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joe biden said i'm going to go all in and i'm going to try to not only legalize but grant citizenship to all undocumented workers in america, do you think democrats have a better understanding that that wouldn't be an unqualified success for a good portion of black americans and even some latinos? >> i really do believe the numbers gave many in the democratic leadership the message that people are not always where you may go in terms of your last slogan or what you may see driving social media. blacks and latinos are very much decided in various issues. and i have said said many in the black community are very conservative on some issues and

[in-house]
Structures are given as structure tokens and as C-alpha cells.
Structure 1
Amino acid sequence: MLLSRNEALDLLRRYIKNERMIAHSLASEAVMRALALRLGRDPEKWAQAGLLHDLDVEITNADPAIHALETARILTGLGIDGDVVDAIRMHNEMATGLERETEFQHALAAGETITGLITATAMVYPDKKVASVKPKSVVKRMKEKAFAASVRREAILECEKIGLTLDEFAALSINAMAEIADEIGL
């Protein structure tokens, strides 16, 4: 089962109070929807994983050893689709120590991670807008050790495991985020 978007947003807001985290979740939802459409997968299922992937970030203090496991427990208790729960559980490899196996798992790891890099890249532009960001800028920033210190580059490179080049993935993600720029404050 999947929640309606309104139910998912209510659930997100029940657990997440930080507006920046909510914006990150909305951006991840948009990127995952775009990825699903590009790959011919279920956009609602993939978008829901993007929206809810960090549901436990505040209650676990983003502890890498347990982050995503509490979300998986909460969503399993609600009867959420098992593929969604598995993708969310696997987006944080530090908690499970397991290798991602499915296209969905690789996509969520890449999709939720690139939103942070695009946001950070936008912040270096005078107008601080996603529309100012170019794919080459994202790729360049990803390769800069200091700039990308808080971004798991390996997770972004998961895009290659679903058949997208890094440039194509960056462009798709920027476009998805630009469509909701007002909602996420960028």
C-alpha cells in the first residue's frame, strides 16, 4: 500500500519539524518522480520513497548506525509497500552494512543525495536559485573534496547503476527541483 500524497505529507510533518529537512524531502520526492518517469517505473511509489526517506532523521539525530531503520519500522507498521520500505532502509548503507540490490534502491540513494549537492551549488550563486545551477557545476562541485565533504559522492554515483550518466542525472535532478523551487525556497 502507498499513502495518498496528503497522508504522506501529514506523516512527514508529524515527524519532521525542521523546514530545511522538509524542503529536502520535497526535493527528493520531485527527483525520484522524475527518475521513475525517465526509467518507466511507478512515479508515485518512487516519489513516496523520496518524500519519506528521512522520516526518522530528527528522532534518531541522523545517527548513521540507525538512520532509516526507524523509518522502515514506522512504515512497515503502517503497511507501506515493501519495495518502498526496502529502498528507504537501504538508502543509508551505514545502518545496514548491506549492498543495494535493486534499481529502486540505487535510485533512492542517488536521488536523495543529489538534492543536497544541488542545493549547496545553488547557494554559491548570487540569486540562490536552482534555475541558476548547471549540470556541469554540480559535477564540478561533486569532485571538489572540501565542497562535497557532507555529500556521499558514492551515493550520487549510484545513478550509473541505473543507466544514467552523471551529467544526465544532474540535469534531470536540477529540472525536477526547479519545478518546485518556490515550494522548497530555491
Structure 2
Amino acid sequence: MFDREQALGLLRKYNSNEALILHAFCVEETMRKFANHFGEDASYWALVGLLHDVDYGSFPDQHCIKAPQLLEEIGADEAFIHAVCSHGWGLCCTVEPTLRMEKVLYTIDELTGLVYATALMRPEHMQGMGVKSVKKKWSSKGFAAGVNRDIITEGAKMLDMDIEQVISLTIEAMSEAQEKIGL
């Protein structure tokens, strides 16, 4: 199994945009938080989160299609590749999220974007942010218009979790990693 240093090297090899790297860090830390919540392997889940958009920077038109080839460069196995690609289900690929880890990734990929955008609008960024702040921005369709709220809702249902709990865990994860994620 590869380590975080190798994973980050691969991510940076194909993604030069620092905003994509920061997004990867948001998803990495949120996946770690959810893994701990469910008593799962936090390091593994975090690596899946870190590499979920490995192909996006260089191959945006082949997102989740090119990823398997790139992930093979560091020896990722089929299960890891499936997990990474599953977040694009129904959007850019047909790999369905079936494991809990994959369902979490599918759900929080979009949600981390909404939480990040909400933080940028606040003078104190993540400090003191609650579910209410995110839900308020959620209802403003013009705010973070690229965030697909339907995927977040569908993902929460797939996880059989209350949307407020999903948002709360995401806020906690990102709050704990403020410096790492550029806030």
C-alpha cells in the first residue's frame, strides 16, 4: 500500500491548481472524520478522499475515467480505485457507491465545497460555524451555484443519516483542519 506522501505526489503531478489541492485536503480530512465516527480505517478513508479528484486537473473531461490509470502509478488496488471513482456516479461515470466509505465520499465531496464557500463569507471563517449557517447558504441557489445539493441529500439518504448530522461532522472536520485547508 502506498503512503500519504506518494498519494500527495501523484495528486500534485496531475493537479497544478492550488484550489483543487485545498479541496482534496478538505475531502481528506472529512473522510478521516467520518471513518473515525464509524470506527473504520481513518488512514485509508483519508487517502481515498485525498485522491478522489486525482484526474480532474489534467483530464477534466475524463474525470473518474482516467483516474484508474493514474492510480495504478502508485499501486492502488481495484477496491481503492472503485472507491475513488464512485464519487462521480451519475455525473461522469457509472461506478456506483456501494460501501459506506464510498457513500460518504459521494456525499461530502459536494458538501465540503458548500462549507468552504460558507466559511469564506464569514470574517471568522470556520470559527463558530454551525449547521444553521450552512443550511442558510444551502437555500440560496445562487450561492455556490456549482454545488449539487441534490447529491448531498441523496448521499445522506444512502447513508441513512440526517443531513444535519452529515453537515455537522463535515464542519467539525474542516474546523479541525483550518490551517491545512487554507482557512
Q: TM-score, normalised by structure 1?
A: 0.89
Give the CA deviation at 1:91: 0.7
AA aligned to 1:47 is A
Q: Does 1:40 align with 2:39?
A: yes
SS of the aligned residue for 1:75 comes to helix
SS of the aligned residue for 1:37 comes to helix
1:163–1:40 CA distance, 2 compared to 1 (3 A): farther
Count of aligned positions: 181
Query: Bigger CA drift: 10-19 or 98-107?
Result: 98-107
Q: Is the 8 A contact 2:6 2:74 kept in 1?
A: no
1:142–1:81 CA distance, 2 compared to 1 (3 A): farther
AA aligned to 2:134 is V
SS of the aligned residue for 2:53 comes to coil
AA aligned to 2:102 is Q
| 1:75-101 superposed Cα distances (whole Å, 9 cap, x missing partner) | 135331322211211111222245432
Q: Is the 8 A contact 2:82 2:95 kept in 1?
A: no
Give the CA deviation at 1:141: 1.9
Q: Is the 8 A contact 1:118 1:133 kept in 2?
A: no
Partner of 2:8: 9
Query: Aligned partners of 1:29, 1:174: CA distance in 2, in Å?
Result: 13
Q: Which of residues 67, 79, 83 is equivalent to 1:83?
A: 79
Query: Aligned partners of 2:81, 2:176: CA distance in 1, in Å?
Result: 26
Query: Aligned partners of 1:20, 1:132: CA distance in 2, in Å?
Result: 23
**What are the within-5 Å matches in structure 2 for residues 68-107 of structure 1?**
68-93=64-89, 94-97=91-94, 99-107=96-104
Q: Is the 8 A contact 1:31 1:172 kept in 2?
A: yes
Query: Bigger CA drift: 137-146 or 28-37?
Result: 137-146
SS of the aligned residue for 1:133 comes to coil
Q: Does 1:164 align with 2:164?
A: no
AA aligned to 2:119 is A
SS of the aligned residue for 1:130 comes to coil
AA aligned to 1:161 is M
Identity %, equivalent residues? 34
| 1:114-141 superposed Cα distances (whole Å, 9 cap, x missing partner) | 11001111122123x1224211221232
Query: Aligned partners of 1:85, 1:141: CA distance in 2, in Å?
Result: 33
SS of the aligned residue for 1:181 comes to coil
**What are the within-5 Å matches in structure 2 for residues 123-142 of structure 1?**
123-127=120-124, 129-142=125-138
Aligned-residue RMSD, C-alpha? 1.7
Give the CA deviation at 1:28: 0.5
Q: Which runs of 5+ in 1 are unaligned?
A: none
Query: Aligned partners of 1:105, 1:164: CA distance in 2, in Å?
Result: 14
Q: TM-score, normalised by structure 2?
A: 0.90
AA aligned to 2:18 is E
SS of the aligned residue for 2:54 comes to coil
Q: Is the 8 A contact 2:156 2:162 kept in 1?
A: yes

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leftist on others. and i think that that vote showed that in this last election, which is why i think the strategy that the biden-harris administration is doing to try to walk things through. i think people assume because they come out with a certain feeling that they are speaking for the people across the board. people have different feelings or at least have to be convinced. this is a discussion you and i have had a long time. that's why i call them latte liberals. they're not talking to people. they are talking at people. they think because they are talking at people that people are agreeing with them and that is just not the case. . >> not the case at all. susan delpersio, what is it about immigration reform, maybe it's a 75/25 issue on a lot of